I only met Joe once, in 2001, when Rex Mundi was first coming out from Image Comics, and I’ll never forget him. He’d been in business for a long time – the only thing thicker than his prescription glasses was his New York accent. Comic Book Heaven was only open five hours a day, five days a week. A musty smell was first thing that greeted me when I walked into the shop, and the floor space near the window had been given over to used books and thrift-store ceramic dolls and plates.
I went to Comic Book Heaven as part of my tour of every comic book store in Manhattan and Queens to “promote” Rex Mundi, which pretty much consisted of me wandering into a store and begging whoever was at the register to order a few copies. Joe wasn’t interested in my pitch; most of the smaller shops weren’t. I had to force him to take some free previews I had brought with me.
Not that I could blame him. Joe’s shop had obviously gone into decline since (as I later learned) The Great Comic Book Bust of the mid 90s. He had enough trouble selling X-Men and Batman – what the hell was he going to do with a weird little murder mystery comic about Jesus?
Failing to pique Joe’s interest, I asked him about his experience selling comics over the years, and he was more than happy to tell his tale. Hell, I thought I would walk into his store and sell him my story, but he ended up selling me his.
“I remember in ’93, my wife had to stand at the door and turn people away, my shop was so busy,” Joe told me. “I had twenty-five people in my store all day some days. This, of course, was before the crash.”
At that time I didn’t know anything about “the crash” of the mid 90s, or the history of comics in general. I had just finished working on a few film sets and decided making movies was not for me. My comics “career” started out as more of a means than an end, a way to tell a Hollywood-scale story with a punk rock budget.
When I asked Joe about the crash, and he looked at me as if I were stupid.
“You sure don’t know a hell of a lot about a comics for someone in the industry,” he said.
“I’m not sure I’m really in the industry,” I said.
“Well, listen,” he replied, visibly irritated, although I couldn’t help feeling he liked having someone to talk to. Throughout our entire conversation, no one entered the store. “It was Marvel that caused the crash. Them and DC. Your company [Image] was part of the problem too, but you can’t blame them, they just wanted a piece.”
“And what was the problem?” Joe gave me another Jesus-Christ-you-are-an-idiot look, but he continued.
“You know how many titles Marvel has out there now ? ’Bout 50. You know how many they had in 1996? 150. There was just too much. No one could keep up, there were too many gimmicks, too many holofoil-cover issues, too many titles. It used to be a customer could walk out of my store with a stack of eight comics for ten bucks. Now ten buys you, what, three comics? Can you believe they were charging five bucks for a comic?”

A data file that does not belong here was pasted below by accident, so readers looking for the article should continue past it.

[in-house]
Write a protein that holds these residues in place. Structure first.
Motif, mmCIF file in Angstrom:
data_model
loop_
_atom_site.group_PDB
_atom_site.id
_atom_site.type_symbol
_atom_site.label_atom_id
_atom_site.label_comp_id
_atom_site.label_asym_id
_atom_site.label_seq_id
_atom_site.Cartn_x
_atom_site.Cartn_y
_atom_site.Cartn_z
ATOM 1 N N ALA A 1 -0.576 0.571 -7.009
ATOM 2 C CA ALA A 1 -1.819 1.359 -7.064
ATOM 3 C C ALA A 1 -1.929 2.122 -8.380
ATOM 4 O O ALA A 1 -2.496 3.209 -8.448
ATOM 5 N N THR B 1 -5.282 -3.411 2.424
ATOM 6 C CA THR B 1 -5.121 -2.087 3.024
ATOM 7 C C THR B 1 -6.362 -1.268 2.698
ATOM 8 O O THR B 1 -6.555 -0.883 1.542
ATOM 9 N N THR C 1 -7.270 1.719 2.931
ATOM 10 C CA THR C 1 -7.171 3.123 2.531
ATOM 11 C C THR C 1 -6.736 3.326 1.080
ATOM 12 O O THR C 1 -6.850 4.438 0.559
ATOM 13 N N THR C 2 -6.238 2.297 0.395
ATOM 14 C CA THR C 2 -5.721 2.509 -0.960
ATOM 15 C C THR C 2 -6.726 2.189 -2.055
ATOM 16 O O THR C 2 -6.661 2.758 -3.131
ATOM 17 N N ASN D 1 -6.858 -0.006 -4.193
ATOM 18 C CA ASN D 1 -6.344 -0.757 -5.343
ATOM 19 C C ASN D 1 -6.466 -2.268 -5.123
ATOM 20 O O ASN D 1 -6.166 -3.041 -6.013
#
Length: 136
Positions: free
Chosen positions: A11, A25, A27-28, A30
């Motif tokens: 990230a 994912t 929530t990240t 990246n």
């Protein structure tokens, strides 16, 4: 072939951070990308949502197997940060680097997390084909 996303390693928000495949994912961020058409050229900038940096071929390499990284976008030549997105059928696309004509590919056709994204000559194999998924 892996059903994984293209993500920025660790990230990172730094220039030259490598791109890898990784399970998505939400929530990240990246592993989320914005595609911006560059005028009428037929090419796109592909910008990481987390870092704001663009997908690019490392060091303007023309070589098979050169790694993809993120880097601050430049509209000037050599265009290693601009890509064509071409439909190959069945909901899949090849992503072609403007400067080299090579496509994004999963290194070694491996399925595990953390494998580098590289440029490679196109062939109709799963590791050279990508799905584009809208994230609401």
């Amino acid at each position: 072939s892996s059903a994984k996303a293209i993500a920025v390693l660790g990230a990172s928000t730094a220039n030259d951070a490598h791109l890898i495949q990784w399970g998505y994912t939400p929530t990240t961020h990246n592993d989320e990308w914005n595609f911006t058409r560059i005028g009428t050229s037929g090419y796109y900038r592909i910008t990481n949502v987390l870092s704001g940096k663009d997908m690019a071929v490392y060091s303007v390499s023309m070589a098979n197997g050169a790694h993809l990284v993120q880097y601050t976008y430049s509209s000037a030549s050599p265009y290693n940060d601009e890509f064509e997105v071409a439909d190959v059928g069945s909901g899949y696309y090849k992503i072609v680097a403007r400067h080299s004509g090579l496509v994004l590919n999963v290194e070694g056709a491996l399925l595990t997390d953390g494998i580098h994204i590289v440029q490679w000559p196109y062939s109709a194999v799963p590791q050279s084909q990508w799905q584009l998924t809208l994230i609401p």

“Were there a lot more stores before the crash?” I asked.
“Of course,” Joe replied. His annoyance was beginning to melt away. “I was lucky, because I had some money saved up, and I saw the crash coming, so I didn’t order too much. I knew guys that made $10,000 orders for their stores for comics they could never sell. Still, I’ve got a basement full of comics. Marvel would sell a comic, and then not deliver it for months and months after it was supposed to ship. By the time it finally got here, there was no way to sell the damn thing. No one wanted it. Marvel didn’t have the right to do that, they couldn’t do that, but we didn't know. We weren't smart.”
“But do you think things are getting better now?” I asked. Joe’s reply was simple.
When I asked why he didn’t start selling video games to help turn a profit, he just shrugged. “I don’t need to sell video games,” he said. “I sell comic books. What’s with these video games? There’s no story, it’s just ya-ya-ya. The way I look at it, if you don’t read comics, you’re not an American kid.”
I’m not sure if Joe’s still around. I sure hope so. An Internet search dispelled some of my fear – Comic Book Heaven is still open for business. Things are a little better than when I spoke to Joe, for publishers, anyway. But the independent shop owners continue to bear the biggest share of the risk and the smallest slice of the returns. The fact that any independent retailers are still around is a minor miracle – so here’s to them. I don’t even care if a small shop has the clientele to carry my comics. That’s where I go for my funny books, and if it takes them a few weeks to special order whatever I’m looking for, then so be it. There’s a Comic Book Heaven in just about every town in America, and if enough of us readers give a shit, there always will be.